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This guide reviews some 350 recommended eating houses from Wimbledon to Wembley and Brixton to Brick Lane. It includes some very cheap places and some potentially very expensive establishments, but the rule for inclusion is that it must be possible to eat at every restaurant for under 35 pounds a head. Restaurants are grouped by area and should suit all budgets and tastes - cuisines include French, Indian, Chinese, British, Caribbean, Polish and Ethiopian. The book contains three indexes: A-Z by name, cuisine type and mood to help readers make the right decision.
A Hedonist's Guide to London brings one of the world’s most exciting cities to life. Visiting the UK’s capital is not just about big red buses and Piccadilly Circus, but gourmet cooking, chic bars, underground clubs and some of the best shopping in Europe. London’s prominence on the fashion, food and design scene in recent years looks set to continue and this is just the guide to help the outsider become an insider.
It can seem like all you ever hear these days is bad news. Yet in the midst of contentious political posturing and stories of communities in trouble are stories of love, reconciliation, and restoration. Through a variety of innovative programs and initiatives, and flying mostly under the national news radar, Christian business leaders are bringing hope to blighted urban communities in our greatest cities. A Disruptive Generosity shares their inspiring stories. From Dallas to New York City, from London to Singapore, lives and communities are being changed through strategic stewardship. These stories will challenge marketplace Christians to find innovative ways to use their resources as God's hands and feet in a hurting world.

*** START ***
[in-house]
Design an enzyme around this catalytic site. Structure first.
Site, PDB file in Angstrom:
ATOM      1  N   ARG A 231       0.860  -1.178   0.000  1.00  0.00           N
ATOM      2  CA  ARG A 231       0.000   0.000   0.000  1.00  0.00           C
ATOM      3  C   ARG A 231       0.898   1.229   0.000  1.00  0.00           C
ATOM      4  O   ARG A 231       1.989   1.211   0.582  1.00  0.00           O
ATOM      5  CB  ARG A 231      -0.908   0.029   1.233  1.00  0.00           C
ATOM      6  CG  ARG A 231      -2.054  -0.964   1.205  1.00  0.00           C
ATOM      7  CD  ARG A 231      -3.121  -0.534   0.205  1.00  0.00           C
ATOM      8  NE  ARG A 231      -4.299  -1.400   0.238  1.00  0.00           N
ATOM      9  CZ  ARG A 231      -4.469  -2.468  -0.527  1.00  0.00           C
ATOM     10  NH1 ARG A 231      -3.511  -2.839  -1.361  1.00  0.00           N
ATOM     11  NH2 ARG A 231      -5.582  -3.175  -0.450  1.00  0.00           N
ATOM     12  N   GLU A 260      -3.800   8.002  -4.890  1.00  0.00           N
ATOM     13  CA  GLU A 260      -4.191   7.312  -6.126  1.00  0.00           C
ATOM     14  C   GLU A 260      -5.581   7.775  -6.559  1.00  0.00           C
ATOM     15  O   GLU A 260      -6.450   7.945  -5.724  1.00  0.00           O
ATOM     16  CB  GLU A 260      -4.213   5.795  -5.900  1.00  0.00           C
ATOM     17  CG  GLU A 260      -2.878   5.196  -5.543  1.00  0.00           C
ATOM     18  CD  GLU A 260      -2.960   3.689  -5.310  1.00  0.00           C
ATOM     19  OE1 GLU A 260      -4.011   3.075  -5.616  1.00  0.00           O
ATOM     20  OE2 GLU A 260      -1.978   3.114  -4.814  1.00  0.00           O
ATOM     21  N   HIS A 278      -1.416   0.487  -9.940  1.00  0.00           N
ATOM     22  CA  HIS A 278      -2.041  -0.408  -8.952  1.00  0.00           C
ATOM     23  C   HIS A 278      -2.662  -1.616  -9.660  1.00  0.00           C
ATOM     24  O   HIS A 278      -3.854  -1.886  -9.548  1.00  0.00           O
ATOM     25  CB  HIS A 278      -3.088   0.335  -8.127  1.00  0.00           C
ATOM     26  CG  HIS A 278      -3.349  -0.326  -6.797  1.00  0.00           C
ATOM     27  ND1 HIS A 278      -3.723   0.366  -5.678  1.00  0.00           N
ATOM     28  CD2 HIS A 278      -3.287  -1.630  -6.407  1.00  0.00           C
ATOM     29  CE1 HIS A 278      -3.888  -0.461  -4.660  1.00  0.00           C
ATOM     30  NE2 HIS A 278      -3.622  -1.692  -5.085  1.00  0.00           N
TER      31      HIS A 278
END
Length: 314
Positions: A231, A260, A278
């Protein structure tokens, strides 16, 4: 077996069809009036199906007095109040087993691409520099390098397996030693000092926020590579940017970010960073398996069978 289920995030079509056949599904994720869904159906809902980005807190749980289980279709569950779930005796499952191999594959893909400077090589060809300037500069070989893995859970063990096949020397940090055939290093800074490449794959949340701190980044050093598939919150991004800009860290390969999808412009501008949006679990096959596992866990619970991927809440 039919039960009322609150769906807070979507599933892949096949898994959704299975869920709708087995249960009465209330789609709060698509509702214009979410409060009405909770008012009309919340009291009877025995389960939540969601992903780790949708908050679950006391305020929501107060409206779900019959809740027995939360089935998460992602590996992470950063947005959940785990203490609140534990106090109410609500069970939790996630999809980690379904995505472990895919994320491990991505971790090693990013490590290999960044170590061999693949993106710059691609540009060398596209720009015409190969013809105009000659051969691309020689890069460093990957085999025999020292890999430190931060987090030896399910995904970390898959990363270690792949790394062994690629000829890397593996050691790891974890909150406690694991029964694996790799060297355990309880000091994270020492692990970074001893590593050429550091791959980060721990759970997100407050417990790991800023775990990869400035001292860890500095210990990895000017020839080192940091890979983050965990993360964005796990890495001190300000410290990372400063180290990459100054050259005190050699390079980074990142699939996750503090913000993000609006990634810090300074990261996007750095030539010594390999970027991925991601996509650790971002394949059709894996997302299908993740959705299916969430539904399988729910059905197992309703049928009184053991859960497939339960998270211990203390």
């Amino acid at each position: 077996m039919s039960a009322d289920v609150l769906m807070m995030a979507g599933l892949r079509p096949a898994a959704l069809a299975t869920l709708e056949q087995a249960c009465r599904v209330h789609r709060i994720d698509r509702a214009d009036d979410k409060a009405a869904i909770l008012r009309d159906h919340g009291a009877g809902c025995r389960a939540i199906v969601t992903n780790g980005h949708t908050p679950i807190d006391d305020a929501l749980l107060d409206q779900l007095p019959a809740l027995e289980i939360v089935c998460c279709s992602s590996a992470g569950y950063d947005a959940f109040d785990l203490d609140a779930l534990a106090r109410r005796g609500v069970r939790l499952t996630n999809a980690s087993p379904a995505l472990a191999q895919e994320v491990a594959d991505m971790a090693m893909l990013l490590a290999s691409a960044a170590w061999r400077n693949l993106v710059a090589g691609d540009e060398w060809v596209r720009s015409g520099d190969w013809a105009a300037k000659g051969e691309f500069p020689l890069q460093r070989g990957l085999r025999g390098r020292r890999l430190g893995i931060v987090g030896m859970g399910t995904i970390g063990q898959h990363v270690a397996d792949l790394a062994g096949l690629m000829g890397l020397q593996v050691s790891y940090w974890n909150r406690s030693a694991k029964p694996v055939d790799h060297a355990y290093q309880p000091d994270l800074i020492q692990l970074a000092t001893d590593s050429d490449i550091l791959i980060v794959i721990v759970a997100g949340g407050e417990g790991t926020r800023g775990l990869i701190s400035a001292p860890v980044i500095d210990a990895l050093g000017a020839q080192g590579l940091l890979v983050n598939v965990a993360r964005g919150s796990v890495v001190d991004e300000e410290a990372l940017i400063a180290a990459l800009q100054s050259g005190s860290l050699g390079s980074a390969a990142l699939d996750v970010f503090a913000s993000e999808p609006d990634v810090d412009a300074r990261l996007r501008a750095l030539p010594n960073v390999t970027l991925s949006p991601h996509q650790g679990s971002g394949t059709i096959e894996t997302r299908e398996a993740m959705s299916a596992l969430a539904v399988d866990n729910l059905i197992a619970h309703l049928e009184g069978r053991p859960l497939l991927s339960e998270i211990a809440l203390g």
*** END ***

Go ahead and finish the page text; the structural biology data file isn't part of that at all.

Look closely at any typically "American" article of clothing these days, and you may be surprised to see a Japanese label inside. From high-end denim to oxford button-downs, Japanese designers have taken the classic American look-known as ametora, or "American traditional"-and turned it into a huge business for companies like Uniqlo, Kamakura Shirts, Evisu, and Kapital. This phenomenon is part of a long dialogue between Japanese and American fashion; in fact, many of the basic items and traditions of the modern American wardrobe are alive and well today thanks to the stewardship of Japanese consumers and fashion cognoscenti, who ritualized and preserved these American styles during periods when they were out of vogue in their native land. In Ametora, cultural historian W. David Marx traces the Japanese assimilation of American fashion over the past hundred and fifty years, showing how Japanese trendsetters and entrepreneurs mimicked, adapted, imported, and ultimately perfected American style, dramatically reshaping not only Japan's culture but also our own in the process.

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